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Jon Henner

Jon Henner
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full time father, full time deaf activist, some times writer, most times thinker, all times wandering.

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AUGUST 18, 2008 2:57PM

Why I no longer fully trust hearing progressives

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Some time ago, while I was researching journal articles for my masters thesis, I came across an article* which described the role of microagressions in the unconscious classification and oppression of various minority and sub-cultural groups. 

Microaggression are casual and often unintended actions that reinforce the status-quo.  For example, a white woman who fondles her mace every time she passes a young, black man is commiting an act of microaggression.  In the same vein, a person calling another sweetheart or like affectionate terms in inappropriate situations, such as a board meeting or during a customer service call can be considered a microaggression, although there the situation becomes murky.

Within the article, the authors delineated a long list of minority and sub-cultural groups which often suffer daily microaggressions.  Women stood out prominently and the entire alphabet soup of sexuality was spelled out.  Disability, which encompasses everything from chronic pain aliments, to mobility challenges, to sensory disorders and language differences, came at the end - seemingly an afterthought thrown in to placate activists such as myself.  Although I enjoyed the article immensely, I could not help but be amused at the microaggression the authors commited against me.

In the progressive sphere, disability is the big bugaboo, a reminder of the fragility and diversity of humanity, and a symbol of the constant frustration of acommodating the individual needs of each person.  Many progressives have no qualms about campaigning for their individual causes.  Women are oppressed.  Got it.  Lets expand opportunities for women.  People of Color are oppressed.  Got it.  Lets work on ways to enrich their lives through raza-type programs and multi-cultural awareness programs.  But, when disabilities comes to foray, all of the sudden the consequences and costs of accomodations must be considered before the quest for equality.  Transcribing the video-blogs created by Salon Media contributers?  Well, that's time consuming and not cost effective.  Wouldn't you rather read the secondary sources?  Building wheelchair accessible entrances to all businesses?  Won't people think of how small businesses owners can afford it?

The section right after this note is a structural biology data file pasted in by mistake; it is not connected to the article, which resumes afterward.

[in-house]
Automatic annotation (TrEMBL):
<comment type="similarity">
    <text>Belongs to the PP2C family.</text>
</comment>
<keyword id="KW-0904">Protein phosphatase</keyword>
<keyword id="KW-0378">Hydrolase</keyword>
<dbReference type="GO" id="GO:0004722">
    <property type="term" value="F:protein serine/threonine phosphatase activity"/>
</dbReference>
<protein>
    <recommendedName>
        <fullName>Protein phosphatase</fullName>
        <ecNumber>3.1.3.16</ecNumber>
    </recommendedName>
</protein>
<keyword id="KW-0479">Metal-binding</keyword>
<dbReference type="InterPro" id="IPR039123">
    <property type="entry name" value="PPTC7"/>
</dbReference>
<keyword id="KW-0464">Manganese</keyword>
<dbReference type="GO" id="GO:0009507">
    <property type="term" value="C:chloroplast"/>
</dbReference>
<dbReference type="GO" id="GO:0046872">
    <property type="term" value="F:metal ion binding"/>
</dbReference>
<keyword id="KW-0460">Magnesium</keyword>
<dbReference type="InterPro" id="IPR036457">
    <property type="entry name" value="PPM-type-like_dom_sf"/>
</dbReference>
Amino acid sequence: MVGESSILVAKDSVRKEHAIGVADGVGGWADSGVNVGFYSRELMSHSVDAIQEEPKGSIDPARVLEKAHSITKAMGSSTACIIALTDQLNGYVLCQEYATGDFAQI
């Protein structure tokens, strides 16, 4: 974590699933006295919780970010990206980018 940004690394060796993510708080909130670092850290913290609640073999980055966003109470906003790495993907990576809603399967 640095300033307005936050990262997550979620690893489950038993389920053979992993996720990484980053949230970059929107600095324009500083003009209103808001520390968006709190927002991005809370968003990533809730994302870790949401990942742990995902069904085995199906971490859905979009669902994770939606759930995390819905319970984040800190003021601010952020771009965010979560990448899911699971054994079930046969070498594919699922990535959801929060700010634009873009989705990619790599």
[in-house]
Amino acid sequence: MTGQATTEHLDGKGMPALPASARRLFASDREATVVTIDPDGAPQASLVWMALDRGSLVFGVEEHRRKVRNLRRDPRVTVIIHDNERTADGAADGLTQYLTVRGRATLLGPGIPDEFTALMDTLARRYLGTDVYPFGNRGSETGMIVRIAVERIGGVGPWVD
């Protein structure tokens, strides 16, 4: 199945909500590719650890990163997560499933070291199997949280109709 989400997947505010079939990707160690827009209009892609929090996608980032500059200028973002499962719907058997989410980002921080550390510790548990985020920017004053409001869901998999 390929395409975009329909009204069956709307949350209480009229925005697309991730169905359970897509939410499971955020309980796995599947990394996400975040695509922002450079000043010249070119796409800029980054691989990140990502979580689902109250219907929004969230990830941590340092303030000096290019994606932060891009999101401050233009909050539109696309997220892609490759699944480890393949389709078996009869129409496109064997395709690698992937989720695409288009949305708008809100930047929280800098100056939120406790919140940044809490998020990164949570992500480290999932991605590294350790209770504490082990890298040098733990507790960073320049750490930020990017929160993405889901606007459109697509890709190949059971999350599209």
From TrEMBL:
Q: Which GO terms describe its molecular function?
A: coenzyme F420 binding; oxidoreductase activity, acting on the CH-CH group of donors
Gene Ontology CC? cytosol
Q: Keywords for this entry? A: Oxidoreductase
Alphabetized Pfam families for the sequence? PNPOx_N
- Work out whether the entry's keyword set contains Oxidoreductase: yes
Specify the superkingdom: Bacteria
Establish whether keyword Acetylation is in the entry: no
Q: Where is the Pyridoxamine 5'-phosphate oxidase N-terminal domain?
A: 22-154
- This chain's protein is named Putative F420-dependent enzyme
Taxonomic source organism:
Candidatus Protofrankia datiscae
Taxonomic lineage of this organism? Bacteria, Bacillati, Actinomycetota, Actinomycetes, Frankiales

A few weeks before the Don Imus' nappy-headed-ho controversy, a well known comedian went on the radio and declared that G-d hated deaf people.  When a population of deaf college students, already a stunning statistic considering half of the American deaf population reads and writes at a 4th grade level, complained, they were derided as lacking a sense of humor.  I'm sure many of those who did so were sickened by Imus' comment and demanded consequences.

When campaigning for transcripts on Salon's comments section, I'm often told that I should first pay Salon before I complain, or that I should allow the video bloggers their medium of choice.  Once, I was told that I was too aggressive in my commenting.  I don't understand why I need to pay for content that others receive for free, and judging by comments in other blogs, both Salon main and Open Salon, people tend to respond emotionally to items which they feel denigrates them.  The fact of the matter is that providing inaccessible media is oppression.  It's that cut-and-dried.  If you're campaigning for equality, then that equality applies to everyone seeking it - not only your sphere of interest.